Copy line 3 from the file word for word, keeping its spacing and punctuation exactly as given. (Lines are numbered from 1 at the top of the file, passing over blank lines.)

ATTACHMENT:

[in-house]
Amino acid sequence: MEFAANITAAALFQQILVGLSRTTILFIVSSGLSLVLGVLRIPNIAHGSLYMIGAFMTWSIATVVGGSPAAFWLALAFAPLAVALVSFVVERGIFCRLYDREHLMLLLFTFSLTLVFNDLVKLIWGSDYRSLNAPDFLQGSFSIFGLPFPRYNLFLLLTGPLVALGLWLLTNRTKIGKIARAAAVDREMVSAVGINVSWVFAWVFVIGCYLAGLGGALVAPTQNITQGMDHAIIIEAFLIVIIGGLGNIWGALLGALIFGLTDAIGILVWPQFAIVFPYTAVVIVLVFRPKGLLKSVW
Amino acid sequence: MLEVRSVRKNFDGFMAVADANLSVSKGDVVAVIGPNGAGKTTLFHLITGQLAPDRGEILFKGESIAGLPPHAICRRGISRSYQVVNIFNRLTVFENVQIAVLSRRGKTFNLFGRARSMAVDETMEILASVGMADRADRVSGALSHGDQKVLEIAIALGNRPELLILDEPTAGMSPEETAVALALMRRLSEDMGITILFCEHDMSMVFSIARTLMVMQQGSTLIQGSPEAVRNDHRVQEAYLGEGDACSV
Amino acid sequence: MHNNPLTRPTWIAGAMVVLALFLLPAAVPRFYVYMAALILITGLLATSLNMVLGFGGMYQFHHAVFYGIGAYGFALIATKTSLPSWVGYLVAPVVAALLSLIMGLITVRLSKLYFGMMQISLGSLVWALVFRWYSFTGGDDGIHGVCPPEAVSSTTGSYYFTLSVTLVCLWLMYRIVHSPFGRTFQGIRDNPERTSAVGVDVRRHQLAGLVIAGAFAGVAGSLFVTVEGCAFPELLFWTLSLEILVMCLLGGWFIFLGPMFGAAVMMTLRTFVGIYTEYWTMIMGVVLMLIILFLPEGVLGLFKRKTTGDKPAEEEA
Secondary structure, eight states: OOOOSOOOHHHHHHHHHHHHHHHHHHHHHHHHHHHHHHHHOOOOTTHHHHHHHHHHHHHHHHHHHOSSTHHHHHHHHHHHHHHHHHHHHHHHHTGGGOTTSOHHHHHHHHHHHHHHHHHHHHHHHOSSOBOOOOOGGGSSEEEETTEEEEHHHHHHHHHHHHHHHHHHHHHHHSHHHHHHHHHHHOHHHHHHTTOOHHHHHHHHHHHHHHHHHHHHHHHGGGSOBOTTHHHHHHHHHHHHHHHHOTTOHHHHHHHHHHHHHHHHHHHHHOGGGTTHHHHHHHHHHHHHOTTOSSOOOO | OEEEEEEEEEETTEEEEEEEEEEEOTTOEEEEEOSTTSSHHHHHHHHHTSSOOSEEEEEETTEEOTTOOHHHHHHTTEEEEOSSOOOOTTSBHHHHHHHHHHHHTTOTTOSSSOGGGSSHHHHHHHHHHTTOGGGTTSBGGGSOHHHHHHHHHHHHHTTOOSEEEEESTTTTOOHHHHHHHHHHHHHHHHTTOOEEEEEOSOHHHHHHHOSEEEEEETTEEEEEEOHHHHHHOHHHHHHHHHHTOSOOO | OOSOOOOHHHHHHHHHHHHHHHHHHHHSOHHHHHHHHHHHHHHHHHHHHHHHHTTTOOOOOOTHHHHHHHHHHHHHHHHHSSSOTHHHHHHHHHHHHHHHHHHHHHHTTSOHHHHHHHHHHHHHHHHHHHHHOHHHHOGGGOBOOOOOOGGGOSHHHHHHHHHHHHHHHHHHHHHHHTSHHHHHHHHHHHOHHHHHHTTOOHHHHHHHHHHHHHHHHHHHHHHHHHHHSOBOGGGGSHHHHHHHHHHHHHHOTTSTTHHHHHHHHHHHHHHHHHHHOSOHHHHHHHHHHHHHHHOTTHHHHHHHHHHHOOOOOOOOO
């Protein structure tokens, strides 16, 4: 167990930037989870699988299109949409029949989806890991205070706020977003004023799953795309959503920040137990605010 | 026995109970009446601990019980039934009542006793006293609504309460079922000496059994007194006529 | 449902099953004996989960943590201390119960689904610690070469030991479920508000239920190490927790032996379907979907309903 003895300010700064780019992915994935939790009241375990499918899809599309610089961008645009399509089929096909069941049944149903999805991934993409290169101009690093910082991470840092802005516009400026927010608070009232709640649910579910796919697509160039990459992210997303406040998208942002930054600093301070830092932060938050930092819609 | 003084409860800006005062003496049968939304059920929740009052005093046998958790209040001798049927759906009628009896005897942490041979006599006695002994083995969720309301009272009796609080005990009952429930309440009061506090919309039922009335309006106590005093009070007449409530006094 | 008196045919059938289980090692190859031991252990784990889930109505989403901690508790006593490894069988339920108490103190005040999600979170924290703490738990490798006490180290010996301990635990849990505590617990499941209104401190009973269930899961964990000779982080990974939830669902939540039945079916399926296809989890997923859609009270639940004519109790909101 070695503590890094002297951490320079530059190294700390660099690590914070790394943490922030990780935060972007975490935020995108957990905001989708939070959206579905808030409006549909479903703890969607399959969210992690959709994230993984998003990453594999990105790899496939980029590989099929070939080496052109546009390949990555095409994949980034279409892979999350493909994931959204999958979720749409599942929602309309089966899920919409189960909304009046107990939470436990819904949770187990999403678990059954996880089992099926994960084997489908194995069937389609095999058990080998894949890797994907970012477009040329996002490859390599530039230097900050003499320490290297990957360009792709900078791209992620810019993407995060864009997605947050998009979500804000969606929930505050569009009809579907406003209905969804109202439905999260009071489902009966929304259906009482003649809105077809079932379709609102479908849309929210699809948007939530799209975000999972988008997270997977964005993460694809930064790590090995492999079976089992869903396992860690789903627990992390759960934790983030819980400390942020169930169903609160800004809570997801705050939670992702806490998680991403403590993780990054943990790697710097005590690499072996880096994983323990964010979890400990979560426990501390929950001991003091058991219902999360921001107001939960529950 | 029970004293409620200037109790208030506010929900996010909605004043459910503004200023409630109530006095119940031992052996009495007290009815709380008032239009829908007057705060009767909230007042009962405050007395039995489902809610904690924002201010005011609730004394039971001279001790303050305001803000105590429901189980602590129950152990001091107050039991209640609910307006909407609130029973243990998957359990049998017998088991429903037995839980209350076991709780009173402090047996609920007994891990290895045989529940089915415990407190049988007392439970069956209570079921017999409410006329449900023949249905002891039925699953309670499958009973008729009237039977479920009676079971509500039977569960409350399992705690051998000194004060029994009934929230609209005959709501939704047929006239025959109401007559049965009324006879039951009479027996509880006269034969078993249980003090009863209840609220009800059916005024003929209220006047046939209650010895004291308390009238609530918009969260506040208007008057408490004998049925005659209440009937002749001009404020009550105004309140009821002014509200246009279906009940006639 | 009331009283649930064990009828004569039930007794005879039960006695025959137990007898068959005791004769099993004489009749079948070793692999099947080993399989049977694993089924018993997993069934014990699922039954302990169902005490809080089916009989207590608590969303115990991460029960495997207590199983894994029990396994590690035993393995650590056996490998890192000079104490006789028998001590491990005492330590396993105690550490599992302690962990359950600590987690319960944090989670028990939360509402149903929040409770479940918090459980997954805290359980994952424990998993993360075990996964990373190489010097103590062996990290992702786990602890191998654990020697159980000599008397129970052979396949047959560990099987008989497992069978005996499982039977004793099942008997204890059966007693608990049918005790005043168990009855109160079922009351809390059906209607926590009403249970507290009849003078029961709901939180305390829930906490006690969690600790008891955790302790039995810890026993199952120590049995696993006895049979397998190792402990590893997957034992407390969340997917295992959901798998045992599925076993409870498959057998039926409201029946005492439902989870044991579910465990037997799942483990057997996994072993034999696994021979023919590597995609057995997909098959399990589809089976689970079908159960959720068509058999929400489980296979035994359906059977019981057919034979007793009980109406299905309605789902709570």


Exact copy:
Amino acid sequence: MLEVRSVRKNFDGFMAVADANLSVSKGDVVAVIGPNGAGKTTLFHLITGQLAPDRGEILFKGESIAGLPPHAICRRGISRSYQVVNIFNRLTVFENVQIAVLSRRGKTFNLFGRARSMAVDETMEILASVGMADRADRVSGALSHGDQKVLEIAIALGNRPELLILDEPTAGMSPEETAVALALMRRLSEDMGITILFCEHDMSMVFSIARTLMVMQQGSTLIQGSPEAVRNDHRVQEAYLGEGDACSV